It may be awkward, uncomfortable, and another fifty other similar adjectives, but the parent to teenager sex talk actually works, and studies have shown that it can have an important influence.
- The study was conducted on 25,000 teens, gathered from 52 different researches
- It emphasized the role of parent-to-teenager sex talk, by promoting safe sex
- Studies have shown that over half of teenagers do not use a condom
- Around 14% of teens don’t use any sort of contraceptive means
Researchers from North Carolina State University have analyzed a number of 52 studies that covered around 25,000 teenagers. They assessed the importance of parent-to-adolescent sex talk, focusing on safe sex and sexually transmitted diseases (STDs). It might not always seem like parents have the biggest influence on that part of a teen’s life, but they do.
According to Laura Windman, who is a psychologist at the university, talking with your child about sex matters. However, their study did find that the impact seems to be more prevalent for girls rather than boys. This could also be due to the fact that most parents focus on the negative aspects of unsafe sex. This ranges from diseases to unwanted pregnancies.
And mothers have a bigger impact after having ‘the talk’ than fathers normally do. Any talk has an impact though. Their findings have underlined the fact that parent-to-adolescent lowered the chances of engaging in risky sexual behavior. It’s a significant problem that is still met with high numbers in spite of multiple campaigns.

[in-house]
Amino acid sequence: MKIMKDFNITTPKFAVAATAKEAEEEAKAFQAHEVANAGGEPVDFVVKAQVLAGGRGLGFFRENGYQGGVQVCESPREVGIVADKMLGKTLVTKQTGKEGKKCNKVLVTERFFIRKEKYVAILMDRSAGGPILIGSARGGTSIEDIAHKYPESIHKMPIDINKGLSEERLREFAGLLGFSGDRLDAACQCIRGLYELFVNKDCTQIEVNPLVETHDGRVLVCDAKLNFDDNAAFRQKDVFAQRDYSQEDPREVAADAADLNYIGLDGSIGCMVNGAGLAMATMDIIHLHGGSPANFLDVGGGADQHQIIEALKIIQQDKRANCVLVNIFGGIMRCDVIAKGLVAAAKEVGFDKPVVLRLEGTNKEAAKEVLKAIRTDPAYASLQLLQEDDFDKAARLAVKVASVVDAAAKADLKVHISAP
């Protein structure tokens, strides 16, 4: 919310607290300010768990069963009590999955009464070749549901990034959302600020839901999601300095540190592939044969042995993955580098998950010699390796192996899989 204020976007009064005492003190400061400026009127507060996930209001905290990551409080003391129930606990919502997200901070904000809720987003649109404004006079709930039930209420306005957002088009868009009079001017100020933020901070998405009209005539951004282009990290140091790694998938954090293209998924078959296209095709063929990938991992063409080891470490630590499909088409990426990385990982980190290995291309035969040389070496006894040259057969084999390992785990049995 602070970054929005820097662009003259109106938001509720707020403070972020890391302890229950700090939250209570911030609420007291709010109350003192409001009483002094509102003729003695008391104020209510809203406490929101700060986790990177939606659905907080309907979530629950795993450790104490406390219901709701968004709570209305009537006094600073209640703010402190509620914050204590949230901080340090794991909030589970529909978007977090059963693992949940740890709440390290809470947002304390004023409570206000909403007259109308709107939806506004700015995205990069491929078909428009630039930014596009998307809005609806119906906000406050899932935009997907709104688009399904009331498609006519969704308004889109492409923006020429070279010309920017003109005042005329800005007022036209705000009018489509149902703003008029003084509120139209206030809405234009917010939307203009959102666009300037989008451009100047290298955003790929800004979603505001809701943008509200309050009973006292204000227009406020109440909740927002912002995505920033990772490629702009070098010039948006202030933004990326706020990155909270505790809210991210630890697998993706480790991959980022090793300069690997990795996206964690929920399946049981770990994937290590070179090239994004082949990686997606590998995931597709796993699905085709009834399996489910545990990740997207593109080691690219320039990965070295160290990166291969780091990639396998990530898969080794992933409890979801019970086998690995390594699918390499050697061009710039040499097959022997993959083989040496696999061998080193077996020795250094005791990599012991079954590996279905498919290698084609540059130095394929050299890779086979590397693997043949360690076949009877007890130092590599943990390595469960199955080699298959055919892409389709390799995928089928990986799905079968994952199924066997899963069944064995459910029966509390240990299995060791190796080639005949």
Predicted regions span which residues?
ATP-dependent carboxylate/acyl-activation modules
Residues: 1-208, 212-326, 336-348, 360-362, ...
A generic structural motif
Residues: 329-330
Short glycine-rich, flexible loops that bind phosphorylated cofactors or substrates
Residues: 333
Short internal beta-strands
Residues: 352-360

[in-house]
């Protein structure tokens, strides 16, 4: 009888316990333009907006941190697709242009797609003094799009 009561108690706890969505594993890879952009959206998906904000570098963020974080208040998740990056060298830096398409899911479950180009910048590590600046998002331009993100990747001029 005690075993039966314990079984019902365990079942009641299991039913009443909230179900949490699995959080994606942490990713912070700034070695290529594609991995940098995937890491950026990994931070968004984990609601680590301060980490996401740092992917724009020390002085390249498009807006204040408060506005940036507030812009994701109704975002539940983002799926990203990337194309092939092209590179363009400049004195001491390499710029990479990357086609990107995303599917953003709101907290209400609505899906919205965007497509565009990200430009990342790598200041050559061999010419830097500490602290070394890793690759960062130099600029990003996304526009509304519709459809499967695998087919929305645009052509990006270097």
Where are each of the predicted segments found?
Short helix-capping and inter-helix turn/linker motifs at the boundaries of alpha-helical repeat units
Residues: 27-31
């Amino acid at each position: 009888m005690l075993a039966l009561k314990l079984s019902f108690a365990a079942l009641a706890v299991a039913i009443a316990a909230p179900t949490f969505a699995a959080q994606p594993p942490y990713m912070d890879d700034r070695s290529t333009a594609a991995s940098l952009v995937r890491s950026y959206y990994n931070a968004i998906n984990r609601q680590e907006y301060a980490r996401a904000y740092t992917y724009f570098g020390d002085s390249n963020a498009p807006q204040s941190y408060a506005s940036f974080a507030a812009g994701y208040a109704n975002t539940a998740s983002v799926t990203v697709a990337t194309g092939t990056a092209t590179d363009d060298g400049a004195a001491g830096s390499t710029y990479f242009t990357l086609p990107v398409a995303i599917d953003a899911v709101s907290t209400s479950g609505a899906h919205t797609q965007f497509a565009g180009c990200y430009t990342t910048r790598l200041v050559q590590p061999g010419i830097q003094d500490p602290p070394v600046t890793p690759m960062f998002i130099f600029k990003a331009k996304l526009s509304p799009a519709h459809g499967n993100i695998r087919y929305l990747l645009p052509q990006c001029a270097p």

Reportedly, many teenagers engage in various degrees of risk where it concerns sex. This leads to many preventable diseases, such as HIV, to being far too common
According to another study conducted by the Centers for Disease Control and Prevention (CDC), around 47% of teenagers have had sex, and a number of 34% of them are sexually active. Unfortunately, just 57% of them stated that they used condoms during their last sexual encounter. This opens up the risk for multiple STDs.
Additionally, 13.7% of teenagers have admitted to doing absolutely nothing to prevent getting an STD or unwanted pregnancy in their most recent sexual activity. This included condoms or birth control, neither of which had been used. It might not seem a high number, but it’s in fact a problem that could so easily be solved.
And its solution could begin with parental advice. It might not be the most impacting factor, but it’s certainly a start. Windman emphasized that while it’s not the ‘cure’ to teenage pregnancies or sexually transmitted diseases, it’s one of the many.
Any sort of measure that will see to those numbers going down will be good. Furthermore, it can also put some of the problems to rest ahead of time, such as the general shame placed on young girls for having sex, or the wrongful pressure for teenage boys that they should always be ready for sex.
Parents are urged to have ‘the talk’, as it may have a bigger impact than believed.
Image source: tutorri.com